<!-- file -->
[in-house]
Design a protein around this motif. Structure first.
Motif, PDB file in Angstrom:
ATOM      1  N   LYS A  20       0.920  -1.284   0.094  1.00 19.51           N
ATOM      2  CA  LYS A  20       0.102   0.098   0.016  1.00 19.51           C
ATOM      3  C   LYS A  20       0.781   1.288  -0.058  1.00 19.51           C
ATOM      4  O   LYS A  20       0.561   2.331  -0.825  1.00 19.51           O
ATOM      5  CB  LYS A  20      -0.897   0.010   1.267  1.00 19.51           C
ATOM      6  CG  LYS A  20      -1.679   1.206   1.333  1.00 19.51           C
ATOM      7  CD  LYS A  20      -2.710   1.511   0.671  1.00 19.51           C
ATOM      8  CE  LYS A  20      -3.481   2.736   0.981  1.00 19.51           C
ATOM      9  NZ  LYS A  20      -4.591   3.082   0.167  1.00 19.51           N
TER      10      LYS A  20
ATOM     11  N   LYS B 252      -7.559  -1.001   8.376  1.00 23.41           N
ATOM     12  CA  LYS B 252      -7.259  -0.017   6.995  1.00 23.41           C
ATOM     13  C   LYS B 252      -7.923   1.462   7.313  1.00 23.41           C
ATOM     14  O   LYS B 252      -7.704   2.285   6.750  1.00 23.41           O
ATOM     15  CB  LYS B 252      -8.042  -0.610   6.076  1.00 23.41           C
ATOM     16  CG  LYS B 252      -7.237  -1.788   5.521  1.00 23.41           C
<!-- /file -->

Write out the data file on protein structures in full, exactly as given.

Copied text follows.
[in-house]
Design a protein around this motif. Structure first.
Motif, PDB file in Angstrom:
ATOM      1  N   LYS A  20       0.920  -1.284   0.094  1.00 19.51           N
ATOM      2  CA  LYS A  20       0.102   0.098   0.016  1.00 19.51           C
ATOM      3  C   LYS A  20       0.781   1.288  -0.058  1.00 19.51           C
ATOM      4  O   LYS A  20       0.561   2.331  -0.825  1.00 19.51           O
ATOM      5  CB  LYS A  20      -0.897   0.010   1.267  1.00 19.51           C
ATOM      6  CG  LYS A  20      -1.679   1.206   1.333  1.00 19.51           C
ATOM      7  CD  LYS A  20      -2.710   1.511   0.671  1.00 19.51           C
ATOM      8  CE  LYS A  20      -3.481   2.736   0.981  1.00 19.51           C
ATOM      9  NZ  LYS A  20      -4.591   3.082   0.167  1.00 19.51           N
TER      10      LYS A  20
ATOM     11  N   LYS B 252      -7.559  -1.001   8.376  1.00 23.41           N
ATOM     12  CA  LYS B 252      -7.259  -0.017   6.995  1.00 23.41           C
ATOM     13  C   LYS B 252      -7.923   1.462   7.313  1.00 23.41           C
ATOM     14  O   LYS B 252      -7.704   2.285   6.750  1.00 23.41           O
ATOM     15  CB  LYS B 252      -8.042  -0.610   6.076  1.00 23.41           C
ATOM     16  CG  LYS B 252      -7.237  -1.788   5.521  1.00 23.41           C